The "SAICM" strategic approach is a non-binding policy framework to ensure the sound management of chemicals throughout their life cycle. The goal is to improve the production and use of chemicals by 2020 so as to minimise their adverse effects on human health and the environment. 

At the World Summit on Sustainable Development held in Johannesburg in 2002, the Heads of State and Government who were present, adopted a "2020" goal to ensure the sound management of chemicals worldwide. They also called for the development of a strategic approach by inviting various international organisations including the United Nations Environment Programme and others dealing with chemicals in order to cooperate closely to that effect.

It was in Dubai, on 06 February 2006, at the first International Conference on Chemicals Management (ICCM 1), that the SAICM strategic approach was adopted and it was planned that the approach would be reviewed during the 2009 (ICCM2), 2012 (ICMM3), 2015 (ICCM4) and 2020 (ICCM5) sessions.

SAICM is a unique approach on account of its multi-sectoral nature (agriculture, environment, health, industry, labour, science, etc.) and multi-stakeholder (consumers, employers, farmers, legislators, researchers, workers, etc.) nature. SAICM is also the only global mechanism covering all agricultural and industrial chemicals causing concern throughout their life cycle.

SAICM covers:
- risk reduction,
- knowledge,
- information and public awareness,
- governance,
- capacity development,
- technical assistance
and illegal international traffic.

It highlights the needs of developing countries and emerging global issues not covered by the United Nations conventions on chemicals and waste, i.e.: 
- the Rotterdam Convention on the exchange of information during transfer of some hazardous chemicals and pesticides,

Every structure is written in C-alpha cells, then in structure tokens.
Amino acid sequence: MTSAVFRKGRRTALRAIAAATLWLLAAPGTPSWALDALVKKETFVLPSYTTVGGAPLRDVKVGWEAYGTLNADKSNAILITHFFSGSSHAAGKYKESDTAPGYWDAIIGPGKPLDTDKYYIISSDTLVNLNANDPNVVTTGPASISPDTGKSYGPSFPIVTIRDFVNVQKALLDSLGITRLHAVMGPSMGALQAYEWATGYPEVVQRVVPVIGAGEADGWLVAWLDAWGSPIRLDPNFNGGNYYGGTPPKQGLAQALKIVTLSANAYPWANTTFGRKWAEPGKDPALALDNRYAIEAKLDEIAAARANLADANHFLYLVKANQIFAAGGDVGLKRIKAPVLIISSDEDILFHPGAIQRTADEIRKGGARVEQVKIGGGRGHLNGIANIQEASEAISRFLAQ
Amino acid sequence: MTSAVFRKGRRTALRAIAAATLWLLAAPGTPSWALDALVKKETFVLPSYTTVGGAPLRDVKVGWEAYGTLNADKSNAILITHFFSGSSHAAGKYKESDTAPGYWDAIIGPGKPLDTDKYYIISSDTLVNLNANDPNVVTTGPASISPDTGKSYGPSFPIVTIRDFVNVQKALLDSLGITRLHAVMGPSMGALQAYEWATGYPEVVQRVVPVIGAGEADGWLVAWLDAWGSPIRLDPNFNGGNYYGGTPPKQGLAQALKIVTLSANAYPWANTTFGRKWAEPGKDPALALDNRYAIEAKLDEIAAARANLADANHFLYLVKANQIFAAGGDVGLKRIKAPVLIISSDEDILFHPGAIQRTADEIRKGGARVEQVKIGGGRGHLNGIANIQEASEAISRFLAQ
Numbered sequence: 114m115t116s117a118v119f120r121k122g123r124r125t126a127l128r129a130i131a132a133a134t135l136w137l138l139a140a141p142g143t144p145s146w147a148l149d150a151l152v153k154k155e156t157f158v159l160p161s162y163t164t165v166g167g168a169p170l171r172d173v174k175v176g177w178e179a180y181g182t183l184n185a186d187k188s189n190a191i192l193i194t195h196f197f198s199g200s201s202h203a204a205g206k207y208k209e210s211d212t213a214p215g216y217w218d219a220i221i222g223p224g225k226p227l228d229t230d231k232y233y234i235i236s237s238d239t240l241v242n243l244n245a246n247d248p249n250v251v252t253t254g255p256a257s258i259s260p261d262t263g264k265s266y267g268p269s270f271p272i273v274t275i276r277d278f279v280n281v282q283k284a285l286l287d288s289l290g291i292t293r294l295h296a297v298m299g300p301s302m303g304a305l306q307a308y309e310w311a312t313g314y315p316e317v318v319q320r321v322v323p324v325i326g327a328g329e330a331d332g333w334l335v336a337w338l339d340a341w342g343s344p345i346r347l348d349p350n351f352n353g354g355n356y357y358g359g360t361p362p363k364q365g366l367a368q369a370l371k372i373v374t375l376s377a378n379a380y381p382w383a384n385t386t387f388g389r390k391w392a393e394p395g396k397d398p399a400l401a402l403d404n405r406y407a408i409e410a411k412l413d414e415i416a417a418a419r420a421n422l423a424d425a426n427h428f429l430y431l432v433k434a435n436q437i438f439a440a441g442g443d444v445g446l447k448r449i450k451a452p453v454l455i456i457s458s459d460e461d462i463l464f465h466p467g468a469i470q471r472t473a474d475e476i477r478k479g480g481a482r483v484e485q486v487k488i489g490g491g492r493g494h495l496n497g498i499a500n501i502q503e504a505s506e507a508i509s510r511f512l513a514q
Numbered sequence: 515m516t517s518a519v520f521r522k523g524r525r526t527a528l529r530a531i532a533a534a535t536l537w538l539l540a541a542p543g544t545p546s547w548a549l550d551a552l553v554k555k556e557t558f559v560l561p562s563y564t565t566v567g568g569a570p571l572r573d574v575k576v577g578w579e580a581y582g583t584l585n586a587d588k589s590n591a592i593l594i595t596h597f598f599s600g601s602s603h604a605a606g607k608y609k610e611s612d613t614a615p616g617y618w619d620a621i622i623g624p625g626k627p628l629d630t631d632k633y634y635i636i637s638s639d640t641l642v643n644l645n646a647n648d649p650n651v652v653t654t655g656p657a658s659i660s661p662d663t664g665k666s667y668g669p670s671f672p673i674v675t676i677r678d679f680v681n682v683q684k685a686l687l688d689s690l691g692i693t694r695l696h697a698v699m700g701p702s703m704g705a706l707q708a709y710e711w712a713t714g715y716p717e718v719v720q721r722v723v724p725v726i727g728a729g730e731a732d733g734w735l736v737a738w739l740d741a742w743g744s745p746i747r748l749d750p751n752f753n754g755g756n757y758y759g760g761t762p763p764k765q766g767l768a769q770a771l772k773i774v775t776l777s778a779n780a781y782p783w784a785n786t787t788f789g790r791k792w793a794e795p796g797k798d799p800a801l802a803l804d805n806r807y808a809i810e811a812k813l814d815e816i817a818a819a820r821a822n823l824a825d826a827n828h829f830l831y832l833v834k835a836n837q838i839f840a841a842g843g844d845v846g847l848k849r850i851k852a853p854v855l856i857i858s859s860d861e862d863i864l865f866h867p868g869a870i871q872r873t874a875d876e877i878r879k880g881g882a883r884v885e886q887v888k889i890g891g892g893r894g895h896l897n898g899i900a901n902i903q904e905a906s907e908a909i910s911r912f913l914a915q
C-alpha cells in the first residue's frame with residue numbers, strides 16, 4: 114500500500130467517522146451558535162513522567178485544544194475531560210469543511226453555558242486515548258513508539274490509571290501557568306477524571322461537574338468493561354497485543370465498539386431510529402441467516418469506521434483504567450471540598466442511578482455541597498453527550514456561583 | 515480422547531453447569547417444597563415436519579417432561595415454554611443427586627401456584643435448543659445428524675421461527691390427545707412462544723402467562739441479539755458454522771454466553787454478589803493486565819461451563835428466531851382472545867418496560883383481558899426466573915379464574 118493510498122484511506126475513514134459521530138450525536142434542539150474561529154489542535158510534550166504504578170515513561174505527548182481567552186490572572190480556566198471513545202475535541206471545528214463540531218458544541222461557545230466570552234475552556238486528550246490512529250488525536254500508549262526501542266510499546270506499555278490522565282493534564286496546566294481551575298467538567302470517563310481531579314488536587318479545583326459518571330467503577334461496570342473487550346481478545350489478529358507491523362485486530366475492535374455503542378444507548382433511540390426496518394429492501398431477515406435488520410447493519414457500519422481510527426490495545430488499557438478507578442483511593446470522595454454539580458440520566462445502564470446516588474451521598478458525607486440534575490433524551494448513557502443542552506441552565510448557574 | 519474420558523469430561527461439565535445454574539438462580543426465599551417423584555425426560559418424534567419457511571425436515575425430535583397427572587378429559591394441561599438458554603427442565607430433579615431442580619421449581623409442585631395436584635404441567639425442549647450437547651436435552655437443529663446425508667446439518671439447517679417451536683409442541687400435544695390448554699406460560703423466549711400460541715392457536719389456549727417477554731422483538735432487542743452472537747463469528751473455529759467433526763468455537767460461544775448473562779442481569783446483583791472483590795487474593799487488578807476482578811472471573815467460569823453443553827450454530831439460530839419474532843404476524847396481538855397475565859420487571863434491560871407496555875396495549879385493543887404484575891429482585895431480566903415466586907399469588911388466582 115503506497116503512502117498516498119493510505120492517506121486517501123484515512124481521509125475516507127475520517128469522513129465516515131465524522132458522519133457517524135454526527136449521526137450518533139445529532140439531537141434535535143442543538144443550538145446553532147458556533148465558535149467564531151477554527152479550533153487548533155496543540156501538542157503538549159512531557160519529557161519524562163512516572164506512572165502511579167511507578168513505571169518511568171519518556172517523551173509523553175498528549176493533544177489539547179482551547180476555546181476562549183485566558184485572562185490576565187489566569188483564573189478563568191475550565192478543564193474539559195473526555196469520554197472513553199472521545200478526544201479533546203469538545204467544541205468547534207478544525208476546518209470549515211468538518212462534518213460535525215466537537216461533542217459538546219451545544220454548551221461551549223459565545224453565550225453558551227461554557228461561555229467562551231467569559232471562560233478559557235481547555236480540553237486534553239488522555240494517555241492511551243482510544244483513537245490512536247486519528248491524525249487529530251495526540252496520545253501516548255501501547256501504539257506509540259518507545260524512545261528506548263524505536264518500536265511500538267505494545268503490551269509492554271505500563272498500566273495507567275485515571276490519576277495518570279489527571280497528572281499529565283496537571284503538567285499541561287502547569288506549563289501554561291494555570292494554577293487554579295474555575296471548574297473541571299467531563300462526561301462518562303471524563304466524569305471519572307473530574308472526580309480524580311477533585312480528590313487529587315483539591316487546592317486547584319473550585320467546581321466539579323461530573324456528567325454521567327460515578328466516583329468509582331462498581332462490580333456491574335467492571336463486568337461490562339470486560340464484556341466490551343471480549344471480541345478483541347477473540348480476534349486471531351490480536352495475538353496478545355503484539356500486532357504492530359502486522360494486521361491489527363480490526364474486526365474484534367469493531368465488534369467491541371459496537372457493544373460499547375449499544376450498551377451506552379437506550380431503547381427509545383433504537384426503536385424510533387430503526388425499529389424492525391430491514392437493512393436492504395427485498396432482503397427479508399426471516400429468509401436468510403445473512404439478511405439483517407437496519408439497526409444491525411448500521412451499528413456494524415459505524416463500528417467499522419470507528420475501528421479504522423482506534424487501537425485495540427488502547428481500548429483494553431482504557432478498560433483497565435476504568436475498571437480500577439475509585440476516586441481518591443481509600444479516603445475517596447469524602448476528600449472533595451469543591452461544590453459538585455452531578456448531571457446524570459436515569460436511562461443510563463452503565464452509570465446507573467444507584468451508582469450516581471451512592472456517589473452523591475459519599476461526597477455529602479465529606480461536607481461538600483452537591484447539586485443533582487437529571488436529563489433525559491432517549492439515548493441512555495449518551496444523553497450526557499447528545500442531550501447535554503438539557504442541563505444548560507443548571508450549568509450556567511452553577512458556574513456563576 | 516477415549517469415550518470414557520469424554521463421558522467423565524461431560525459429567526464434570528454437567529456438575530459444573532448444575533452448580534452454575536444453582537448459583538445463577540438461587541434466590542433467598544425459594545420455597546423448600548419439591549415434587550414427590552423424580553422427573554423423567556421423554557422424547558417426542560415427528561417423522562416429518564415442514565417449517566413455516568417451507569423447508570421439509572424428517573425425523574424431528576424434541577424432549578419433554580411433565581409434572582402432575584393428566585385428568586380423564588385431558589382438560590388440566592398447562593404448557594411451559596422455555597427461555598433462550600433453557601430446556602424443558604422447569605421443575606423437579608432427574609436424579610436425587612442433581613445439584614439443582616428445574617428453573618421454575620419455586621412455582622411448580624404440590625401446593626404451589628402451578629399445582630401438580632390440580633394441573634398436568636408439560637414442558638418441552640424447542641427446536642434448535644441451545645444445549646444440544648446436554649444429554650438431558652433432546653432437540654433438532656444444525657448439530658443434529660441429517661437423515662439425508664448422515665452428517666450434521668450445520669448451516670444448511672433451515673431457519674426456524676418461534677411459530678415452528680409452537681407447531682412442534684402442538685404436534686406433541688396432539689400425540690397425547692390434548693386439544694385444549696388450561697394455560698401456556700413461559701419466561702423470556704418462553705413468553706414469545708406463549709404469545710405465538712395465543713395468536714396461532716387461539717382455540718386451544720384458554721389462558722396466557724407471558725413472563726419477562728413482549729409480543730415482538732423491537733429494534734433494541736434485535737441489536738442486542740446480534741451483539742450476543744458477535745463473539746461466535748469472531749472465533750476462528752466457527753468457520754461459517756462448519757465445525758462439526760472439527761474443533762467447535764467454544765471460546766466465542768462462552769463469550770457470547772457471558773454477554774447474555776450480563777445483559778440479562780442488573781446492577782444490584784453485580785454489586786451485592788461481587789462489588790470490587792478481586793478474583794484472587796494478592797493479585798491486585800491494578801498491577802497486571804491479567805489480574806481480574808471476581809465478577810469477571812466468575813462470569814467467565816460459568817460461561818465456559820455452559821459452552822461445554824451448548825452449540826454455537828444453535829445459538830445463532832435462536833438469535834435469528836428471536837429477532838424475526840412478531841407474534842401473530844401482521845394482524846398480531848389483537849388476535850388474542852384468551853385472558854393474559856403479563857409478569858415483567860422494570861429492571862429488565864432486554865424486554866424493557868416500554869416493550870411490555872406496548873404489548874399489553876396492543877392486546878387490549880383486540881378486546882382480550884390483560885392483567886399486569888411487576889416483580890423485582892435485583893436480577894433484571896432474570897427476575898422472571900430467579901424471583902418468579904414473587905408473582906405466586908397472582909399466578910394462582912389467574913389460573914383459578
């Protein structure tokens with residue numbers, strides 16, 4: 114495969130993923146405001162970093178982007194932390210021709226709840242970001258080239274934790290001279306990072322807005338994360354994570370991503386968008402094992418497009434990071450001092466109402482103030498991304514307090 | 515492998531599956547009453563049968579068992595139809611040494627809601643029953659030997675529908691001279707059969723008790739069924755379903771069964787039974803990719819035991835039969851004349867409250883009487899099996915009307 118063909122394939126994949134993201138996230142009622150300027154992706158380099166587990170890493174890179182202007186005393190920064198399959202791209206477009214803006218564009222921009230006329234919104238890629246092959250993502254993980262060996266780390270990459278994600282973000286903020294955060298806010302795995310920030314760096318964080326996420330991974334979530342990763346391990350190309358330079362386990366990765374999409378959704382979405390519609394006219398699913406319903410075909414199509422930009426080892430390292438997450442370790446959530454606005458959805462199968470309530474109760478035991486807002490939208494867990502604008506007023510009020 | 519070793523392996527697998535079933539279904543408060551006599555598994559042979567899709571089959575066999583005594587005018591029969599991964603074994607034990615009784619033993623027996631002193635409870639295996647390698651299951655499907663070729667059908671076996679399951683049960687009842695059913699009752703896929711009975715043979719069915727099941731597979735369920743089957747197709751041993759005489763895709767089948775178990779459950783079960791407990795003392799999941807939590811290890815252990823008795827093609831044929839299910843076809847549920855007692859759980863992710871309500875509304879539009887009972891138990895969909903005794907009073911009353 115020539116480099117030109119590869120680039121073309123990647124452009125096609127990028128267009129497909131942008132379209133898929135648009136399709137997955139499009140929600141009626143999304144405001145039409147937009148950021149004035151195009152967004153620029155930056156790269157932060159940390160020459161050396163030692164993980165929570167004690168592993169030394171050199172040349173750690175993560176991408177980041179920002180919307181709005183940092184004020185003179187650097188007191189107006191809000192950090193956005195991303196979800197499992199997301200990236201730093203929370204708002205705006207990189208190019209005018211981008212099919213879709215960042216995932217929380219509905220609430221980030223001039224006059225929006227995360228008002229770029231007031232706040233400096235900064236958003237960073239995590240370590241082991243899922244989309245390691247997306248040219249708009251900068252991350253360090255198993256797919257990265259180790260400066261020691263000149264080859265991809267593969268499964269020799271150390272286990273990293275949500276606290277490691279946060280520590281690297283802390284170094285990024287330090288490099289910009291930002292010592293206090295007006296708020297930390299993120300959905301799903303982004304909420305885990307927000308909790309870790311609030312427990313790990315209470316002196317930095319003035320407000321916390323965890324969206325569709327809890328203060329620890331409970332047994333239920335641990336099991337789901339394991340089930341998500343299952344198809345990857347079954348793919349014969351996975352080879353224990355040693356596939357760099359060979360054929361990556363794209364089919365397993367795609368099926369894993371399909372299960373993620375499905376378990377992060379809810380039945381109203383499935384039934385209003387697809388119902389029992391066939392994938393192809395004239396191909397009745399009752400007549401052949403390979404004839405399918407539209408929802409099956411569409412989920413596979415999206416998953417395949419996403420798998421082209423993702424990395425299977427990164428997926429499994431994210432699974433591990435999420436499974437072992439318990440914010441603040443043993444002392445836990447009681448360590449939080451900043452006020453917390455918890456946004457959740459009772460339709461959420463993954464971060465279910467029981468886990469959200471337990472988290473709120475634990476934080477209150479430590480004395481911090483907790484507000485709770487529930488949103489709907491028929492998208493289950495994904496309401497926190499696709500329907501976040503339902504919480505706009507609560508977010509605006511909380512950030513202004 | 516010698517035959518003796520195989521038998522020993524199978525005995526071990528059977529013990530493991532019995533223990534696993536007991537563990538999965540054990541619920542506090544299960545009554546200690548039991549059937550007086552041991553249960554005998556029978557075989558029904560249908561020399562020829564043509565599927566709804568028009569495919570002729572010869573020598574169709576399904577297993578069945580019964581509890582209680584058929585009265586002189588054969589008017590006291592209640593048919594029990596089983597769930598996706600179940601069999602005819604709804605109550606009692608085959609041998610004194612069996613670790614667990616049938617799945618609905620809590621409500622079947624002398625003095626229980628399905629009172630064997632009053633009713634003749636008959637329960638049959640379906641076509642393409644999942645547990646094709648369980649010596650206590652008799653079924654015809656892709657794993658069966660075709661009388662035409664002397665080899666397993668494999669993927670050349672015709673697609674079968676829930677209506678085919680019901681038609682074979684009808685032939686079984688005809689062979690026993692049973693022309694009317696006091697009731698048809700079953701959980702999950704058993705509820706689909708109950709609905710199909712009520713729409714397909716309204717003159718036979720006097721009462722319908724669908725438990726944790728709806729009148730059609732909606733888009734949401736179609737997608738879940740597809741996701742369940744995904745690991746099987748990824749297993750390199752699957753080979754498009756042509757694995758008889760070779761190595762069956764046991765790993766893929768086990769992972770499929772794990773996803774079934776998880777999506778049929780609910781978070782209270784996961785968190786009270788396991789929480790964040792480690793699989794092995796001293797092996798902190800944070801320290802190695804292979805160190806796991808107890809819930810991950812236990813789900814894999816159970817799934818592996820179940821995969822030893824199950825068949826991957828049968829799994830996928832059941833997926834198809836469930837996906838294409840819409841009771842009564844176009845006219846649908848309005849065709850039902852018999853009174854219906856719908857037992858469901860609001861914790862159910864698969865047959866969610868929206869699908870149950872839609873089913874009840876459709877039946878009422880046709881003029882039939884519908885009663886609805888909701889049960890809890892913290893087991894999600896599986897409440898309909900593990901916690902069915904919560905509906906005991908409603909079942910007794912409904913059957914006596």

- the Stockholm Convention on POPs,
- the Minamata Convention on Mercury,
- and the Basel Convention on the Control of Transboundary Movements of Hazardous Wastes and their Disposal.

In this sense, it is important for Belgium to follow and collaborate actively in this process. 

The REACH Regulation on the Registration, Evaluation and Authorisation of Chemicals and the CLP Regulation, on Classification, Labelling and Packaging of substances and mixtures, are examples of European regulations implemented as part of European Union's contribution to the implementation of the SAICM. 

The REACH regulation helps in implementing the strategic approach and the 2020 goal of Johannesburg. It aims to gather information on chemicals, reduce chemical risk and substitute hazardous substances. In addition, it requires companies that use and sell chemicals to provide the concerned parties with information on these products and their effects. These provisions reinforce the aims of SAICM.

The CLP Regulation implements common European criteria for the classification and labelling of hazardous substances and mixtures and incorporates the international criteria of Globally Harmonized System of Classification and Labelling of Chemicals (GHS) into EU law. It is therefore in line with the overall objectives of the SAICM.

The full text of the SAICM is available on the SAICM website. A global action plan is annexed to this text, which provides a non-exhaustive list of activities that can be implemented in order to achieve the overall 2020 goal.

The usefulness of pursuing the sound management of chemicals and waste shall obviously not stop in 2020. How this management will continue in the long term (beyond 2020) should be examined in 2015 during the 4th ICCM.